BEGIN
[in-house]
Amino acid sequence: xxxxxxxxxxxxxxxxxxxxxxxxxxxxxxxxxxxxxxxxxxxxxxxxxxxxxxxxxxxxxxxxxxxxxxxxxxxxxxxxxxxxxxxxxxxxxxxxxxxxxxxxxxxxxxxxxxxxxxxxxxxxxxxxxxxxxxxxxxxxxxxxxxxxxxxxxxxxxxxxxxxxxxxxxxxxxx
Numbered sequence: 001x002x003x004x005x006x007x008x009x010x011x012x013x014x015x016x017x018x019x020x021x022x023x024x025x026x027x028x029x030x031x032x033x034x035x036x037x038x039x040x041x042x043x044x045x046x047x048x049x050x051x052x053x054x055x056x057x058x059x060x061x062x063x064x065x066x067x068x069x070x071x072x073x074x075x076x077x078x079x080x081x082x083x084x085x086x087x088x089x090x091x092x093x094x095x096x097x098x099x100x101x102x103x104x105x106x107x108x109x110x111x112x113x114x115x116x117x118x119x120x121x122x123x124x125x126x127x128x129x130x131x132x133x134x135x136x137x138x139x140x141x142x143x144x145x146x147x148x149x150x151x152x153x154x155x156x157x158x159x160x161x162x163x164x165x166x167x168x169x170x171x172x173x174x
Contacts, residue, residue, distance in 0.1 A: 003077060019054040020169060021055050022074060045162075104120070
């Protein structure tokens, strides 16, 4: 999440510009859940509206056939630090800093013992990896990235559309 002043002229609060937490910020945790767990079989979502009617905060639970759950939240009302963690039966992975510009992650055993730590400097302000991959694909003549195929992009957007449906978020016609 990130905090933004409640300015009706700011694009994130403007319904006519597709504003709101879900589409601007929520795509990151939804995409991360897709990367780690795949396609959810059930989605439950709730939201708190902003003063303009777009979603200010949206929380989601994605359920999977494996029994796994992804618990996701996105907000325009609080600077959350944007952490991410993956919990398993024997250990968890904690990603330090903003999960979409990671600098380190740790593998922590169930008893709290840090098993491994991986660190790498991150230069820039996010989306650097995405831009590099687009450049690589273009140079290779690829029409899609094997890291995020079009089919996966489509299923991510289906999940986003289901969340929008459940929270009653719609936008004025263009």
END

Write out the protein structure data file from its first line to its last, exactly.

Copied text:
[in-house]
Amino acid sequence: xxxxxxxxxxxxxxxxxxxxxxxxxxxxxxxxxxxxxxxxxxxxxxxxxxxxxxxxxxxxxxxxxxxxxxxxxxxxxxxxxxxxxxxxxxxxxxxxxxxxxxxxxxxxxxxxxxxxxxxxxxxxxxxxxxxxxxxxxxxxxxxxxxxxxxxxxxxxxxxxxxxxxxxxxxxxxx
Numbered sequence: 001x002x003x004x005x006x007x008x009x010x011x012x013x014x015x016x017x018x019x020x021x022x023x024x025x026x027x028x029x030x031x032x033x034x035x036x037x038x039x040x041x042x043x044x045x046x047x048x049x050x051x052x053x054x055x056x057x058x059x060x061x062x063x064x065x066x067x068x069x070x071x072x073x074x075x076x077x078x079x080x081x082x083x084x085x086x087x088x089x090x091x092x093x094x095x096x097x098x099x100x101x102x103x104x105x106x107x108x109x110x111x112x113x114x115x116x117x118x119x120x121x122x123x124x125x126x127x128x129x130x131x132x133x134x135x136x137x138x139x140x141x142x143x144x145x146x147x148x149x150x151x152x153x154x155x156x157x158x159x160x161x162x163x164x165x166x167x168x169x170x171x172x173x174x
Contacts, residue, residue, distance in 0.1 A: 003077060019054040020169060021055050022074060045162075104120070
């Protein structure tokens, strides 16, 4: 999440510009859940509206056939630090800093013992990896990235559309 002043002229609060937490910020945790767990079989979502009617905060639970759950939240009302963690039966992975510009992650055993730590400097302000991959694909003549195929992009957007449906978020016609 990130905090933004409640300015009706700011694009994130403007319904006519597709504003709101879900589409601007929520795509990151939804995409991360897709990367780690795949396609959810059930989605439950709730939201708190902003003063303009777009979603200010949206929380989601994605359920999977494996029994796994992804618990996701996105907000325009609080600077959350944007952490991410993956919990398993024997250990968890904690990603330090903003999960979409990671600098380190740790593998922590169930008893709290840090098993491994991986660190790498991150230069820039996010989306650097995405831009590099687009450049690589273009140079290779690829029409899609094997890291995020079009089919996966489509299923991510289906999940986003289901969340929008459940929270009653719609936008004025263009």